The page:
Entering the gallery, visitors have to navigate through the exhibition’s title installation series Shadows (2018), which showers paint onto metal appendages which both reflect light and engulf shadows. Inside, the artist has transformed the gallery into a construction site and filled it with balloon-shaped cement assemblages, Cycles (2018). Each piece loses its way in the midst of the various urban detritus and abstract illumination cast from a multi-channel video work (Period, 2018). Together and individually, these three configurations are disorientating. By extracting visual tension from raw materials and their forms of urban existence, Liu Wei’s work resembles the deliriousness of the landscapes around him. As the visible world disappears in accelerated speed and the city is folded between highly symbolic order and post-planning disorder, shadows might be the only places in which to distinguish our physical presence.

Liu Gangshun, Don't Stop Don't Stop Don't Stop Don't Stop, 2012, acrylic on canvas, 1 x 2 m. Courtesy: the artist and Platform China, Beijing 

Liu Gangshun, ‘Midnight Press’
Platform China
3 March – 1 April

Curated by Cui Cancan, ‘Midnight Press’ is the third and final chapter of the three-month exhibition ‘All’ dedicated to Beijing-based artist Lui Gangshun’s 20-years creative journey. Liu, an idiosyncratic case in Chinese contemporary art history, was actively engaged in the new wave of the fine arts movement in 1980s and later founded the Post-Human Book Store in Huangshi, Hebei Province. Drawing from Western and Chinese avant-garde traditions, his body of work is constructed through a driven force of self-expression and knowledge building in avidly-adapted rigorous forms. For instance, the conceptual painting Don’t Stop Don’t Stop Don’t Stop Don’t Stop (2012) repeatedly hints at willpower through personal situations. Sourcing from a broad range of references, from fluxus, to abstract expressionism, to French Nouveau Roman writers to Chinese avant-garde artist Huang Yongping, Liu creates a dazzling atlas of personal expressions that echo those early moments of artistic enlightenment in 1980s China.

Liang Wei, From Tomorrow, 2018, acrylic, water colour pencil, ink on canvas, 1.4 x 1.9 m. Courtesy the artist and Magician Space, Beijing

Liang Wei, ‘Before Itself’
Magician Space
22 March – 6 May

For her second solo exhibition at Magician Space, Beijing-based Liang Wei presents a series of abstract paintings generated from her constantly-evolving imaginative world. By changing specific images – Song landscape paintings, people-filled stadiums, goats – to something suggestive, these meticulously arranged compositions disrupt the picture plane and uncouple the connotations attached to these images. The result feel like a space between the abstract and the representational. Inspired by Song dynasty painting techniques and calling on a generous worldview, Liang’s creative process hints at her concern for articulating an alternative way of expressing the inexhaustible chaos of our world and challenges the viewer to restore order.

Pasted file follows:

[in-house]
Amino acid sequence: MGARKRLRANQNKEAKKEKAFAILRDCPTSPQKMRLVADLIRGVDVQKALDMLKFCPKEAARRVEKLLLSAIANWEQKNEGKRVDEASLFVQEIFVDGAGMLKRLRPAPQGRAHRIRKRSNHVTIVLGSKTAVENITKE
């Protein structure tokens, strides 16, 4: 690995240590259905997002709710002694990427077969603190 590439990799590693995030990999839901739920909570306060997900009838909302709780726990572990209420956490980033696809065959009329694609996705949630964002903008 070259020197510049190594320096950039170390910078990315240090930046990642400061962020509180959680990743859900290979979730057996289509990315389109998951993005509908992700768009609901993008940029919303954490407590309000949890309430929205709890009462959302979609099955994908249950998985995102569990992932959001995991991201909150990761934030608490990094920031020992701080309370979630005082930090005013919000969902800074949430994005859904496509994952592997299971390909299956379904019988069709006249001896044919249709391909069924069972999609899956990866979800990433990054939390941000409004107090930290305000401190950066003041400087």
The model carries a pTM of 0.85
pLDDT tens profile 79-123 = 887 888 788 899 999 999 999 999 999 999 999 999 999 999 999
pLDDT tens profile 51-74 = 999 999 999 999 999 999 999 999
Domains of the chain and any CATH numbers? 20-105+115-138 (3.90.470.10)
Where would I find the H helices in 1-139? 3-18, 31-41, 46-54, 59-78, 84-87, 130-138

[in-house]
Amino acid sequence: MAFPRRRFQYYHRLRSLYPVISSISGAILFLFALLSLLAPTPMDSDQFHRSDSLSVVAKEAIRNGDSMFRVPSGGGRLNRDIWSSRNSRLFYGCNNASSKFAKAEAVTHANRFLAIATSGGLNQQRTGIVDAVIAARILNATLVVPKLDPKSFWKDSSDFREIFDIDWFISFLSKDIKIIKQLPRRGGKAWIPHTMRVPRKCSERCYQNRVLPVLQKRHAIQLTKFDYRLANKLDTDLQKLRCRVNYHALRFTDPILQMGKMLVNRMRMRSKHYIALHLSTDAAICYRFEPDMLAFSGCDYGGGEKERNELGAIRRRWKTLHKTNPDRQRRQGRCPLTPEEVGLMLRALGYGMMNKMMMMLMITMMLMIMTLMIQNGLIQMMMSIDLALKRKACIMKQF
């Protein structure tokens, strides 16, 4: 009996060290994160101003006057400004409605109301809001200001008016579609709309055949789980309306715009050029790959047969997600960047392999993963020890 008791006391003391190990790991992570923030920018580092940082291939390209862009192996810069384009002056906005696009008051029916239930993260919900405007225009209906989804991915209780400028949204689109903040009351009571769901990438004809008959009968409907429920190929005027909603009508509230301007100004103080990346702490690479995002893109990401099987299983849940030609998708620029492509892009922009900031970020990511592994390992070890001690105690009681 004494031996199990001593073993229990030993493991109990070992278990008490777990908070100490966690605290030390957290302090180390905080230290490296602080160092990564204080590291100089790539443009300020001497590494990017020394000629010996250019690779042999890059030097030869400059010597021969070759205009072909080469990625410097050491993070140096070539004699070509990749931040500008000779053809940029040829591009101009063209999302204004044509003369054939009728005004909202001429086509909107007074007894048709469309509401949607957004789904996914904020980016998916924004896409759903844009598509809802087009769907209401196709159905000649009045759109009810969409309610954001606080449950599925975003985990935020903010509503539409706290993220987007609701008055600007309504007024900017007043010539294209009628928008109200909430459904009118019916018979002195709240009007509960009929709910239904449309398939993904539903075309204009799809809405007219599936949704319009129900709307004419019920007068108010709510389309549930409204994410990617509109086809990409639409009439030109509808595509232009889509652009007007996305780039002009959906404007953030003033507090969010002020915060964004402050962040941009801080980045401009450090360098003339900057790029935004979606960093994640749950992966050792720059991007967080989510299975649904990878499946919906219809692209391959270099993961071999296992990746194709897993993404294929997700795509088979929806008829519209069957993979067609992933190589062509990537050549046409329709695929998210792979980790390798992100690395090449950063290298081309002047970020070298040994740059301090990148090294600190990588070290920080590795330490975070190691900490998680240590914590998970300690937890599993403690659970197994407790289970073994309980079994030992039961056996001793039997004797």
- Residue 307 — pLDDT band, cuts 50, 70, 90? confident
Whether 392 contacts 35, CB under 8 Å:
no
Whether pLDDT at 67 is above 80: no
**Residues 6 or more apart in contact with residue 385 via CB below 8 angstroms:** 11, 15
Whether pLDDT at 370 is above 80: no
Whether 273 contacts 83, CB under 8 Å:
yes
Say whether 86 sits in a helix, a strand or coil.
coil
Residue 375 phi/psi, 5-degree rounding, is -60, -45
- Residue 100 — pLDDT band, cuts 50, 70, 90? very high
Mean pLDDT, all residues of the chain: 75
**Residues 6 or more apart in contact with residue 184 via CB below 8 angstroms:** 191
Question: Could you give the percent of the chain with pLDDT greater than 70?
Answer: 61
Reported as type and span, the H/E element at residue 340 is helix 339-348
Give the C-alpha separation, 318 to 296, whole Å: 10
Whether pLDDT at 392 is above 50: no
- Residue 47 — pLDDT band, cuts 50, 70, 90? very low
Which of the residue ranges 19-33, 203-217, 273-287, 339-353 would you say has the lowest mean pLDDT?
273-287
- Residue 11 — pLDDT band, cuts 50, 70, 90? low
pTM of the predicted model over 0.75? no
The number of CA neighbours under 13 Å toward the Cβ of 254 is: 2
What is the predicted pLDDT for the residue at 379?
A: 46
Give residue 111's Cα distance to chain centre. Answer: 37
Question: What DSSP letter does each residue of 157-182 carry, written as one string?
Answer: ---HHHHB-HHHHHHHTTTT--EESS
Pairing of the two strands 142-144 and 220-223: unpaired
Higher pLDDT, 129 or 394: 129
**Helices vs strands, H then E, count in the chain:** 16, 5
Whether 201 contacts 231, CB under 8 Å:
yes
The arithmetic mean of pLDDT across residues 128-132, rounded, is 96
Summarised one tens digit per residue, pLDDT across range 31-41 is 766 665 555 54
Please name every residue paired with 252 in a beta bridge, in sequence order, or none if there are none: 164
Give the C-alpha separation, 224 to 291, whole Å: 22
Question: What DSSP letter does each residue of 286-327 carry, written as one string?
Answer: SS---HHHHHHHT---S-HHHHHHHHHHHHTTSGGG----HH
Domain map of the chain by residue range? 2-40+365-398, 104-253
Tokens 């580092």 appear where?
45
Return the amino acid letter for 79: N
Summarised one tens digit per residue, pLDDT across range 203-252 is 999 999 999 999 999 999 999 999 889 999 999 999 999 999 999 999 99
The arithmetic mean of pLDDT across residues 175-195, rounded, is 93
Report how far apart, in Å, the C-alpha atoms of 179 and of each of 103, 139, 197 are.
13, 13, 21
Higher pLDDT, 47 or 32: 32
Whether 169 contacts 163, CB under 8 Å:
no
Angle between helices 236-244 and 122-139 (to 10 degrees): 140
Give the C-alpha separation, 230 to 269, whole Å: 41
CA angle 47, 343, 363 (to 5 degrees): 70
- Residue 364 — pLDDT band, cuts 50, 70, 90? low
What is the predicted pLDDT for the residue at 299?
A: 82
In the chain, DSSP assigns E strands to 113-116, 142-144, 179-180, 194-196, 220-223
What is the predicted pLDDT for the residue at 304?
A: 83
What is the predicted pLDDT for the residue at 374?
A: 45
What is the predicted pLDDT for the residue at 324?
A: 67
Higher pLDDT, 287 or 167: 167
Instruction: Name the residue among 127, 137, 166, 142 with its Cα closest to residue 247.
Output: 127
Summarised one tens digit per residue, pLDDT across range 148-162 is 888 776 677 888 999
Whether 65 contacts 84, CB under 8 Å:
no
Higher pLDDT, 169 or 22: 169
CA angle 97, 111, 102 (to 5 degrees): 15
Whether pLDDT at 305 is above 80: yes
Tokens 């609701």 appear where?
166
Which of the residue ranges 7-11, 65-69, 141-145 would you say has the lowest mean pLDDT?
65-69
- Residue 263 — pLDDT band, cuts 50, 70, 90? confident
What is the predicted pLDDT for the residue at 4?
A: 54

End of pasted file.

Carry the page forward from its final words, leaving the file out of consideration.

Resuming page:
Documentation of Yunyu Ayo Shih and Richard Kuan on site at ShanghART S-Space, Beijing, 2018. 

‘Shared Narrative(s)’
ShanghART S-Space
22 March – 22 May

Set in ShanghART Beijing’s project space, ‘Shared Narrative(s)’ is a curatorial project combined with solo, two-person and group shows. Organized within a compatible framework, the studio-like space acts as a site-specific occasion, allowing daily artistic practice, improvizational endeavours, and unexpected interactions to take place. For its first episode, curator Miao Zijin invited three artists from different cities to work collaboratively to question the nature of their new setting. Taipei-based Yunyu Ayo Shih cleaned the dusty tubes of the radiator system beneath the floor, with Beijing-based Richard Kuan documenting the entire process while the two reminisce on shared experiences as MFA students. Elsewhere Guangzhou-based Lin Aojie created a monograph of his own works as an addition to the glossy catalogues of established artists represented by the gallery on display. Through this collective process of exhibition installation, the mechanisms of human relationships and their role in aesthetic judgement become apparent.

Gallery Weekend Beijing 2018 runs from 23 – 30 March.

For more exhibitions to see in Beijing, head over to On View.

Main image: Xie Nanxing, Spice No.7, 2017, oil on canvas, 2.2 x 3 m. Courtesy: the artist annd UCCA, Beijing

Yuan Fuca is a writer and curator based in Beijing. She is the co-founder of curatorial studio Salt Projects and the magazine dedicated to artist writing Commonplace.